Rating: 3/5 Stars
Biographer Margaret Lea returns one night to her apartment above her father’s antiquarian bookshop. On her steps she finds a letter. It is a hand-written request from one of Britain’s most prolific and well-loved novelists. Vida Winter, gravely ill, wants to recount her life story before it is too late, and she wants Margaret to be the one to capture her history. The request takes Margaret by surprise — she doesn’t know the author, nor has she read any of Miss Winter’s dozens of novels.
Late one night while pondering whether to accept the task of recording Miss Winter’s personal story, Margaret begins to read her father’s rare copy of Miss Winter’s Thirteen Tales of Change and Desperation. She is spellbound by the stories and confused when she realizes the book only contains twelve stories. Where is the thirteenth tale? Intrigued, Margaret agrees to meet Miss Winter and act as her biographer.
As Vida Winter unfolds her story, she shares with Margaret the dark family secrets that she has long kept hidden as she remembers her days at Angelfield, the now burnt-out estate that was her childhood home. Margaret carefully records Miss Winter’s account and finds herself more and more deeply immersed in the strange and troubling story.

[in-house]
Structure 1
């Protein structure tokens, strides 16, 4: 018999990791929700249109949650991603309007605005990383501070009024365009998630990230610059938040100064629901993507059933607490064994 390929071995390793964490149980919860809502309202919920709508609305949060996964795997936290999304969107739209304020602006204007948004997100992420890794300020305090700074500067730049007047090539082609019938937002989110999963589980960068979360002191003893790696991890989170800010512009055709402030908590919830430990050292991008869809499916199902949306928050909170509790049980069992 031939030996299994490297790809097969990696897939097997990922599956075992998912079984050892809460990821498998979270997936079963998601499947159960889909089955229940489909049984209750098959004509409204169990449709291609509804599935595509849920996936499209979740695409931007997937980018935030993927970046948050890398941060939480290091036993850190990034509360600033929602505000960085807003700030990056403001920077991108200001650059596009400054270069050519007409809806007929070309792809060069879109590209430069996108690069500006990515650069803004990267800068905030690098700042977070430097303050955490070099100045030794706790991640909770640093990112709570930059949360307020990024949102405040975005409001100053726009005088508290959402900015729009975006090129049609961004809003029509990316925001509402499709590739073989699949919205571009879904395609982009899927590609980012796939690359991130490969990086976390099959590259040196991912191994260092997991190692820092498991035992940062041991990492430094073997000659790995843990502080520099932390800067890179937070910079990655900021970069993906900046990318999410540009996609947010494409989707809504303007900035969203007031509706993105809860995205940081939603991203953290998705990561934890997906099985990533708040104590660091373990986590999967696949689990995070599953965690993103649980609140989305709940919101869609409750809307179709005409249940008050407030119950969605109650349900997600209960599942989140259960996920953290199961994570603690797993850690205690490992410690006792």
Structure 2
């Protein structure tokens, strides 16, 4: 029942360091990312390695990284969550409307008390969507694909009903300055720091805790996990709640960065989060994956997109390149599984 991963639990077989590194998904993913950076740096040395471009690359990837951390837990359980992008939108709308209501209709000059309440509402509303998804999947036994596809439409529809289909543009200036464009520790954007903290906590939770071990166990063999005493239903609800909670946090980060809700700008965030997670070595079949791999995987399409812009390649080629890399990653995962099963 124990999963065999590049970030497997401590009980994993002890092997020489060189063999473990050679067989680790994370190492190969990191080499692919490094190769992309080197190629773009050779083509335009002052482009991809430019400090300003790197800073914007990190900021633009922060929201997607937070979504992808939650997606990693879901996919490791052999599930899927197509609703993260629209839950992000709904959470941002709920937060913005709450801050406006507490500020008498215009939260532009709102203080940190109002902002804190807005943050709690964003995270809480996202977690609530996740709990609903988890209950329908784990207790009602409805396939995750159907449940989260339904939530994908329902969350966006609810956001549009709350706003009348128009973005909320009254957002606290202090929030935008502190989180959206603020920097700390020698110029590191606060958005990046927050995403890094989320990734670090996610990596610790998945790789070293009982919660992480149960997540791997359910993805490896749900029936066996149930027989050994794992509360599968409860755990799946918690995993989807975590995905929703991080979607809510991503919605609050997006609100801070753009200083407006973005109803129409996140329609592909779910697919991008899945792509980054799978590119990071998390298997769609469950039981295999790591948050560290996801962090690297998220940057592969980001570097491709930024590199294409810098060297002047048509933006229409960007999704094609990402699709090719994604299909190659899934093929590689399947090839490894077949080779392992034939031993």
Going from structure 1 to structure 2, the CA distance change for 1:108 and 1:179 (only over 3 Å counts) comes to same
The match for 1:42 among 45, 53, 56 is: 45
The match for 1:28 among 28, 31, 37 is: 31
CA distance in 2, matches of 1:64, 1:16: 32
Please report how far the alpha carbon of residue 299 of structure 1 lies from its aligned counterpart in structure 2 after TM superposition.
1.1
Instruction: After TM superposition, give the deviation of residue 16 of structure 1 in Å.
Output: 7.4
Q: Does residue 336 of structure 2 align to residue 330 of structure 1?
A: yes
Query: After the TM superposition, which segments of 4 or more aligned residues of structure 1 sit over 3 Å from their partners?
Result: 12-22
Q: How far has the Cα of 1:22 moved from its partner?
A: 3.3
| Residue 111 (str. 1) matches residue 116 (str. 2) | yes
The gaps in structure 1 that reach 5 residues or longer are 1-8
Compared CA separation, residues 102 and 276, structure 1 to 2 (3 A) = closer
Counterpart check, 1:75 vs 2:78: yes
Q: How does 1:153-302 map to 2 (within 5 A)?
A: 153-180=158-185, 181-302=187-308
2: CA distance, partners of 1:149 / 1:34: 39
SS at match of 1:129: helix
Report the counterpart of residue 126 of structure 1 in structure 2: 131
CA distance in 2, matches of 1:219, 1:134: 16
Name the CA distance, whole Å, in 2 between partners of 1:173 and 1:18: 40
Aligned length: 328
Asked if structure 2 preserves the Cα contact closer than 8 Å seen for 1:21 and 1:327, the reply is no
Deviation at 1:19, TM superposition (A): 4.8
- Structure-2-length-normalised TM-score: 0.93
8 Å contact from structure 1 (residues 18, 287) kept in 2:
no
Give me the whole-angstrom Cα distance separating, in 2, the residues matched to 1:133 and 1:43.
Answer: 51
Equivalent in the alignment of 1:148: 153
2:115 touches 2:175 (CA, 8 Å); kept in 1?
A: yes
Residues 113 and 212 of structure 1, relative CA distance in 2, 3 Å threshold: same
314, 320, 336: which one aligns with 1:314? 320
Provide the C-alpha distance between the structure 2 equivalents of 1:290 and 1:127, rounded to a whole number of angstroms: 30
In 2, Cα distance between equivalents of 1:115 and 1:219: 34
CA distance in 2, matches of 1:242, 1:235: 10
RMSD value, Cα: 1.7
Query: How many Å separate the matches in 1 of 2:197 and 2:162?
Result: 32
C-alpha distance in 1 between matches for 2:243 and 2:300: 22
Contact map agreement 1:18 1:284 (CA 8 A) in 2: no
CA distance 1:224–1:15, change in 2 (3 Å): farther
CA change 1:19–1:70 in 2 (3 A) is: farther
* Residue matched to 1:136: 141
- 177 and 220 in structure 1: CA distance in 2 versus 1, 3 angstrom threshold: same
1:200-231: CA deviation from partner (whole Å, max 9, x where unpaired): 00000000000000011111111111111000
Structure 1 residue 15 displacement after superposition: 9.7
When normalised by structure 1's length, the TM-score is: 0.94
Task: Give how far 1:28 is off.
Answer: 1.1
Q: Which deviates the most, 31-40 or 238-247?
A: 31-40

Both women will have to confront their pasts and the weight of family secrets… and the ghosts that haunt them still.
This book started out fine. I loved the setting of Margaret Lea’s family-owned bookstore. It is exactly the kind of bookstore that I would want to roam through or own myself. One day she receives a letter from a renowned author, Vida Winter, asking to meet with her. Margaret had published some biographical pieces that caught Vida’s eye. Now Vida wants to reveal her life story to Margaret so she can be the writer who reveals to the world the true life story of Vida Winter.
The setting of Vida’s home is quite scenic and reeks of a gothic story waiting to be told. I was really enjoying this book at first because I liked the anticipation of reading a great atmospheric story. I was greatly disappointed instead.
I found this story to be too disfunctional and unappealing for a gothic story. I am a great fan of Jane Eyre, which this book has been likened to. I loved Jane Eyre and also Flowers in the Attic which was a great modern story of secrets and disfunction. They were books I could not put down. This book was too long for the story being told and held none of the same shock or mystery that the previously mentioned books did. It started on a high note and ended on a low note. Diane Setterfield is an excellent writer and I might try one of her other books, but I just didn’t like the story being told in this one.